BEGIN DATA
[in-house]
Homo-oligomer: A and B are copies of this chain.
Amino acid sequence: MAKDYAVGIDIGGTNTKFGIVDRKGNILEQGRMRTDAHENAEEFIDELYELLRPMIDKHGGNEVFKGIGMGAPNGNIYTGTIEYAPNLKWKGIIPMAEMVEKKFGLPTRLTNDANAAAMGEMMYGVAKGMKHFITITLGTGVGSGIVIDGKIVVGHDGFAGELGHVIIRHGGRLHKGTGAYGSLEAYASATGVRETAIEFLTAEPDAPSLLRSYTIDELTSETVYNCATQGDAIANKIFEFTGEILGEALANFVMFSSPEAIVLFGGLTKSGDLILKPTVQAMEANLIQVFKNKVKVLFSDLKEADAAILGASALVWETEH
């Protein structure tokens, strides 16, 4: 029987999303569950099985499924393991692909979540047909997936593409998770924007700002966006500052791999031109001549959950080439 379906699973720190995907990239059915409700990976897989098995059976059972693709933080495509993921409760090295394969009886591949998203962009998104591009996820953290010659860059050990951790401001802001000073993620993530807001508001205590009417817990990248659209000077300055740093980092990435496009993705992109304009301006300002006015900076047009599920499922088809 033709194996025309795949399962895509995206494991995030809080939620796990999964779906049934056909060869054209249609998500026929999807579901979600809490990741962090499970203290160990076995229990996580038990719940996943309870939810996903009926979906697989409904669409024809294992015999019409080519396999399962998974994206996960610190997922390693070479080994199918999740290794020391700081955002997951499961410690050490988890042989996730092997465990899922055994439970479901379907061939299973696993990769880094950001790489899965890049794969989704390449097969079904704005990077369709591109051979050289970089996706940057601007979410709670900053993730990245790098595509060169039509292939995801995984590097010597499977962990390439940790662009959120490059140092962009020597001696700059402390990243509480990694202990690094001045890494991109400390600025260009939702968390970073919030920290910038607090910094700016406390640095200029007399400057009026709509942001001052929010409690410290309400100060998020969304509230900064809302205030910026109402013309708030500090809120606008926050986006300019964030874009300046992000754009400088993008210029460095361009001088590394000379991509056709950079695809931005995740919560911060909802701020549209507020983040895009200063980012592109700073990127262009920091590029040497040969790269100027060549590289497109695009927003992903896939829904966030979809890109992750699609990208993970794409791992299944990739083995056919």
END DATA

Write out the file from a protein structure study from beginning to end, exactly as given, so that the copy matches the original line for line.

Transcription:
[in-house]
Homo-oligomer: A and B are copies of this chain.
Amino acid sequence: MAKDYAVGIDIGGTNTKFGIVDRKGNILEQGRMRTDAHENAEEFIDELYELLRPMIDKHGGNEVFKGIGMGAPNGNIYTGTIEYAPNLKWKGIIPMAEMVEKKFGLPTRLTNDANAAAMGEMMYGVAKGMKHFITITLGTGVGSGIVIDGKIVVGHDGFAGELGHVIIRHGGRLHKGTGAYGSLEAYASATGVRETAIEFLTAEPDAPSLLRSYTIDELTSETVYNCATQGDAIANKIFEFTGEILGEALANFVMFSSPEAIVLFGGLTKSGDLILKPTVQAMEANLIQVFKNKVKVLFSDLKEADAAILGASALVWETEH
């Protein structure tokens, strides 16, 4: 029987999303569950099985499924393991692909979540047909997936593409998770924007700002966006500052791999031109001549959950080439 379906699973720190995907990239059915409700990976897989098995059976059972693709933080495509993921409760090295394969009886591949998203962009998104591009996820953290010659860059050990951790401001802001000073993620993530807001508001205590009417817990990248659209000077300055740093980092990435496009993705992109304009301006300002006015900076047009599920499922088809 033709194996025309795949399962895509995206494991995030809080939620796990999964779906049934056909060869054209249609998500026929999807579901979600809490990741962090499970203290160990076995229990996580038990719940996943309870939810996903009926979906697989409904669409024809294992015999019409080519396999399962998974994206996960610190997922390693070479080994199918999740290794020391700081955002997951499961410690050490988890042989996730092997465990899922055994439970479901379907061939299973696993990769880094950001790489899965890049794969989704390449097969079904704005990077369709591109051979050289970089996706940057601007979410709670900053993730990245790098595509060169039509292939995801995984590097010597499977962990390439940790662009959120490059140092962009020597001696700059402390990243509480990694202990690094001045890494991109400390600025260009939702968390970073919030920290910038607090910094700016406390640095200029007399400057009026709509942001001052929010409690410290309400100060998020969304509230900064809302205030910026109402013309708030500090809120606008926050986006300019964030874009300046992000754009400088993008210029460095361009001088590394000379991509056709950079695809931005995740919560911060909802701020549209507020983040895009200063980012592109700073990127262009920091590029040497040969790269100027060549590289497109695009927003992903896939829904966030979809890109992750699609990208993970794409791992299944990739083995056919």